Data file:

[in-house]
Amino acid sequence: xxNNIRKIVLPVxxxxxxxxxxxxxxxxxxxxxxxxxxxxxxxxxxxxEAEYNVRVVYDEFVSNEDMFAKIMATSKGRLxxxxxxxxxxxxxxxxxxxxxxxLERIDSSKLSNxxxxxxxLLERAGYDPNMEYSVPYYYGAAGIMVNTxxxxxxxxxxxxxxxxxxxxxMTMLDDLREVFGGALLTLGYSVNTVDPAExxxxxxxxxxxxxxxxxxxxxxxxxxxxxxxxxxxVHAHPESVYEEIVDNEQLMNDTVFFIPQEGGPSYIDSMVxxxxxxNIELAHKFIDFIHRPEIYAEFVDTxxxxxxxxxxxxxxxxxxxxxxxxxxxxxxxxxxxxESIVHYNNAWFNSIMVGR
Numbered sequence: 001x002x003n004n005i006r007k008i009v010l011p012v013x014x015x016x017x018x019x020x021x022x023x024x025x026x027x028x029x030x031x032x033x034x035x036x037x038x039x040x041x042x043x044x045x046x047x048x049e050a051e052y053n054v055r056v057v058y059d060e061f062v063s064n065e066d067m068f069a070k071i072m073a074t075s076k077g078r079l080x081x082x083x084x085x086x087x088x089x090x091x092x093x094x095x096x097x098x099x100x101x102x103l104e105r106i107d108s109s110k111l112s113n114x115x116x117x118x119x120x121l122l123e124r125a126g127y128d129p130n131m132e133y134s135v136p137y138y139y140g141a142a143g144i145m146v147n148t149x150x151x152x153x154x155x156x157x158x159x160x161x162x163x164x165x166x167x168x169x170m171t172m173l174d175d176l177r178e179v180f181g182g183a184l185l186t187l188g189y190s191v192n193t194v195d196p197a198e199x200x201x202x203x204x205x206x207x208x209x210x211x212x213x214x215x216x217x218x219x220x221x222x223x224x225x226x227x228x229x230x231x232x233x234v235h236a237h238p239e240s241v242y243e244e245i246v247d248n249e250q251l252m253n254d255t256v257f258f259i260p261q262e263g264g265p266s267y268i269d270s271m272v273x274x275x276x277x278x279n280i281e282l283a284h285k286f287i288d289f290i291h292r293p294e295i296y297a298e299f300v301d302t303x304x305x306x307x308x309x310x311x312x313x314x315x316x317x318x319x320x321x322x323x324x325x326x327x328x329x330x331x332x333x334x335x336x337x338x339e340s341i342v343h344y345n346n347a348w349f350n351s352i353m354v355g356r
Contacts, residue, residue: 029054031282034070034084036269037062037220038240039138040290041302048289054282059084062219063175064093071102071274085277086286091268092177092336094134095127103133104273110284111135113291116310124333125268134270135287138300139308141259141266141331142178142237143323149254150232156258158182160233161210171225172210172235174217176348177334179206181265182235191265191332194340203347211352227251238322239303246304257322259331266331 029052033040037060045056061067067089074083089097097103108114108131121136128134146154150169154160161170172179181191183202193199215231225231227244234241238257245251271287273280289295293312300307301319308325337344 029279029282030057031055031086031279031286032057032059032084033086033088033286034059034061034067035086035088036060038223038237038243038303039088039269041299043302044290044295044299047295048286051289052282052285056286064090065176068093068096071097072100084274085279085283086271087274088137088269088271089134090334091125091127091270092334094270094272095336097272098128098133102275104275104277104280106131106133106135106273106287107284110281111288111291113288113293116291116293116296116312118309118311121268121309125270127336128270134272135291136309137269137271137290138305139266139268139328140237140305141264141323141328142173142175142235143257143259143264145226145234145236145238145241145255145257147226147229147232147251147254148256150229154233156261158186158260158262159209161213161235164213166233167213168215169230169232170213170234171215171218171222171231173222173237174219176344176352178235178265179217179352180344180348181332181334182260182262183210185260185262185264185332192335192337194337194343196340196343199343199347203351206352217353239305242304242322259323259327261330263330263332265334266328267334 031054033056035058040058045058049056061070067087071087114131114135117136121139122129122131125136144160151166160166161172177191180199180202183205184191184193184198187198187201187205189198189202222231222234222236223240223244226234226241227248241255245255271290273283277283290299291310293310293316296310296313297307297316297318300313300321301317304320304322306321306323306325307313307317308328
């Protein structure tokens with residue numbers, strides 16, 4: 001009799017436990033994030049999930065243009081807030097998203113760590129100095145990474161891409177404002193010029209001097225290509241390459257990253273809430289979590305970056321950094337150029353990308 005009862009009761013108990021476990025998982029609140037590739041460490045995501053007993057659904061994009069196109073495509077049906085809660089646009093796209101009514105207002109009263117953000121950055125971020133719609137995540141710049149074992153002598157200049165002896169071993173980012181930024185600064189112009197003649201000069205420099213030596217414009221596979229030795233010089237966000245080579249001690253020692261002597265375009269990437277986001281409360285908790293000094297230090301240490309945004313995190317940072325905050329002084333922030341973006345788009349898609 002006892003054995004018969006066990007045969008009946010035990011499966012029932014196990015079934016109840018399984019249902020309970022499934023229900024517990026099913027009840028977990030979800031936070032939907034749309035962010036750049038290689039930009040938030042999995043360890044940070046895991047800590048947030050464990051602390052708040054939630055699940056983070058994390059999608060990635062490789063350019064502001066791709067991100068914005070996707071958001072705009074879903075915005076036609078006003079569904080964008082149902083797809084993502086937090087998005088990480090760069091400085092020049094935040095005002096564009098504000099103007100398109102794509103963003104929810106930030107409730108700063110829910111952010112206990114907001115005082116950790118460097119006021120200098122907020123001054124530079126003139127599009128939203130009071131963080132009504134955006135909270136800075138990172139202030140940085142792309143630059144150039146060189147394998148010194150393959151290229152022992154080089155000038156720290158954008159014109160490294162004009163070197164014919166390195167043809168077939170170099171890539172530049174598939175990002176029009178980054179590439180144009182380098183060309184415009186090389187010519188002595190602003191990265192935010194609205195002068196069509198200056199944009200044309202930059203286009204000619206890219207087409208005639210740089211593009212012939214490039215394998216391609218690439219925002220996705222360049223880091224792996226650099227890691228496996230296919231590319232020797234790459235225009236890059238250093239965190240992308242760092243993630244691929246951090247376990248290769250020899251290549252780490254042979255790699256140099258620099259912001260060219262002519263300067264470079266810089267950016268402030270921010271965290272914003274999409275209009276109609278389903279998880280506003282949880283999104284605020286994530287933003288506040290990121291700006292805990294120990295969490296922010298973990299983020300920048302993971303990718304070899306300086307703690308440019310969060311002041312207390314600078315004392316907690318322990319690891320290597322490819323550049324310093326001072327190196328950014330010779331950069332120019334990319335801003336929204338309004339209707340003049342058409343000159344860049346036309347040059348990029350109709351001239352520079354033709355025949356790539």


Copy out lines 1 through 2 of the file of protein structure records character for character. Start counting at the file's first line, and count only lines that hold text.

[in-house]
Amino acid sequence: xxNNIRKIVLPVxxxxxxxxxxxxxxxxxxxxxxxxxxxxxxxxxxxxEAEYNVRVVYDEFVSNEDMFAKIMATSKGRLxxxxxxxxxxxxxxxxxxxxxxxLERIDSSKLSNxxxxxxxLLERAGYDPNMEYSVPYYYGAAGIMVNTxxxxxxxxxxxxxxxxxxxxxMTMLDDLREVFGGALLTLGYSVNTVDPAExxxxxxxxxxxxxxxxxxxxxxxxxxxxxxxxxxxVHAHPESVYEEIVDNEQLMNDTVFFIPQEGGPSYIDSMVxxxxxxNIELAHKFIDFIHRPEIYAEFVDTxxxxxxxxxxxxxxxxxxxxxxxxxxxxxxxxxxxxESIVHYNNAWFNSIMVGR